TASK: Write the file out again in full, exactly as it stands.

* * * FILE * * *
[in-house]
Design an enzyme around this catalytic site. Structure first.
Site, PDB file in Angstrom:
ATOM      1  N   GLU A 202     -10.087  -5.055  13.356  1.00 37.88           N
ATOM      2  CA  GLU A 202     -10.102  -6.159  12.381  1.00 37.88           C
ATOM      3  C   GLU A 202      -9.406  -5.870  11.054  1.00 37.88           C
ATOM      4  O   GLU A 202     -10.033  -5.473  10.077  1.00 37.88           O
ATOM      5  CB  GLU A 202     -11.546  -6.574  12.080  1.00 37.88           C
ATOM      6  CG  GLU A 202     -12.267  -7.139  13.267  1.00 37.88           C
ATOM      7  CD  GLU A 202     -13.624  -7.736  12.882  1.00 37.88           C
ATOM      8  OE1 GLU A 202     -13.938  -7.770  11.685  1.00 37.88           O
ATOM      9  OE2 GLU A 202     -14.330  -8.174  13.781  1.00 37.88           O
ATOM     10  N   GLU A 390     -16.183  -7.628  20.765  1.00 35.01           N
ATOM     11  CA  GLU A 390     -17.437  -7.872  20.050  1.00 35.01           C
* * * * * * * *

[in-house]
Design an enzyme around this catalytic site. Structure first.
Site, PDB file in Angstrom:
ATOM      1  N   GLU A 202     -10.087  -5.055  13.356  1.00 37.88           N
ATOM      2  CA  GLU A 202     -10.102  -6.159  12.381  1.00 37.88           C
ATOM      3  C   GLU A 202      -9.406  -5.870  11.054  1.00 37.88           C
ATOM      4  O   GLU A 202     -10.033  -5.473  10.077  1.00 37.88           O
ATOM      5  CB  GLU A 202     -11.546  -6.574  12.080  1.00 37.88           C
ATOM      6  CG  GLU A 202     -12.267  -7.139  13.267  1.00 37.88           C
ATOM      7  CD  GLU A 202     -13.624  -7.736  12.882  1.00 37.88           C
ATOM      8  OE1 GLU A 202     -13.938  -7.770  11.685  1.00 37.88           O
ATOM      9  OE2 GLU A 202     -14.330  -8.174  13.781  1.00 37.88           O
ATOM     10  N   GLU A 390     -16.183  -7.628  20.765  1.00 35.01           N
ATOM     11  CA  GLU A 390     -17.437  -7.872  20.050  1.00 35.01           C